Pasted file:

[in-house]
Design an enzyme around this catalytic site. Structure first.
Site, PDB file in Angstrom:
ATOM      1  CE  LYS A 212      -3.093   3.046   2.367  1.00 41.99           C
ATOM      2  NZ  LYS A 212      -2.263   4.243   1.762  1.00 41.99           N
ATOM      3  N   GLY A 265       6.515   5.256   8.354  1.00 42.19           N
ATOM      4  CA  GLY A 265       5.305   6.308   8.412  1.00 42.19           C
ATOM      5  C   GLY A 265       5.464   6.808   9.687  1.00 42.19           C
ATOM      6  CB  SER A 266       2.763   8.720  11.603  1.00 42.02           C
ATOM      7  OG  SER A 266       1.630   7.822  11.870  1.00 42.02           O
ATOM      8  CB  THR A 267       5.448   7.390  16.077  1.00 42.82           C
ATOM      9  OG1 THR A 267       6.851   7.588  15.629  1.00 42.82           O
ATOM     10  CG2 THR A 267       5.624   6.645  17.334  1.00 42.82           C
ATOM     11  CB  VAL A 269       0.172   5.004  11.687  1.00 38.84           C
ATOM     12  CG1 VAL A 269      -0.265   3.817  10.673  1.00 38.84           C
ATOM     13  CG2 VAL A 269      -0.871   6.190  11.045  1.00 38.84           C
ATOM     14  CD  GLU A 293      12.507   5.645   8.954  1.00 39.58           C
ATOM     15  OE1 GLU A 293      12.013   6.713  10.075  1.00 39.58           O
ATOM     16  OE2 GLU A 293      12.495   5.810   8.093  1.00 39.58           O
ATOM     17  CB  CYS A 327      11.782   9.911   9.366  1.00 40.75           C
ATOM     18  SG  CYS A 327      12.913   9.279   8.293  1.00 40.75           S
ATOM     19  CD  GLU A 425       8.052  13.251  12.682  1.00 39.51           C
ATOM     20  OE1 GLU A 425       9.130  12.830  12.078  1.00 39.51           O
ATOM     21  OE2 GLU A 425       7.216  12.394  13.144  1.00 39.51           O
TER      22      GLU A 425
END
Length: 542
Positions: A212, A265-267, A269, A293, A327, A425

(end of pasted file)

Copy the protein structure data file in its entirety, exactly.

[in-house]
Design an enzyme around this catalytic site. Structure first.
Site, PDB file in Angstrom:
ATOM      1  CE  LYS A 212      -3.093   3.046   2.367  1.00 41.99           C
ATOM      2  NZ  LYS A 212      -2.263   4.243   1.762  1.00 41.99           N
ATOM      3  N   GLY A 265       6.515   5.256   8.354  1.00 42.19           N
ATOM      4  CA  GLY A 265       5.305   6.308   8.412  1.00 42.19           C
ATOM      5  C   GLY A 265       5.464   6.808   9.687  1.00 42.19           C
ATOM      6  CB  SER A 266       2.763   8.720  11.603  1.00 42.02           C
ATOM      7  OG  SER A 266       1.630   7.822  11.870  1.00 42.02           O
ATOM      8  CB  THR A 267       5.448   7.390  16.077  1.00 42.82           C
ATOM      9  OG1 THR A 267       6.851   7.588  15.629  1.00 42.82           O
ATOM     10  CG2 THR A 267       5.624   6.645  17.334  1.00 42.82           C
ATOM     11  CB  VAL A 269       0.172   5.004  11.687  1.00 38.84           C
ATOM     12  CG1 VAL A 269      -0.265   3.817  10.673  1.00 38.84           C
ATOM     13  CG2 VAL A 269      -0.871   6.190  11.045  1.00 38.84           C
ATOM     14  CD  GLU A 293      12.507   5.645   8.954  1.00 39.58           C
ATOM     15  OE1 GLU A 293      12.013   6.713  10.075  1.00 39.58           O
ATOM     16  OE2 GLU A 293      12.495   5.810   8.093  1.00 39.58           O
ATOM     17  CB  CYS A 327      11.782   9.911   9.366  1.00 40.75           C
ATOM     18  SG  CYS A 327      12.913   9.279   8.293  1.00 40.75           S
ATOM     19  CD  GLU A 425       8.052  13.251  12.682  1.00 39.51           C
ATOM     20  OE1 GLU A 425       9.130  12.830  12.078  1.00 39.51           O
ATOM     21  OE2 GLU A 425       7.216  12.394  13.144  1.00 39.51           O
TER      22      GLU A 425
END
Length: 542
Positions: A212, A265-267, A269, A293, A327, A425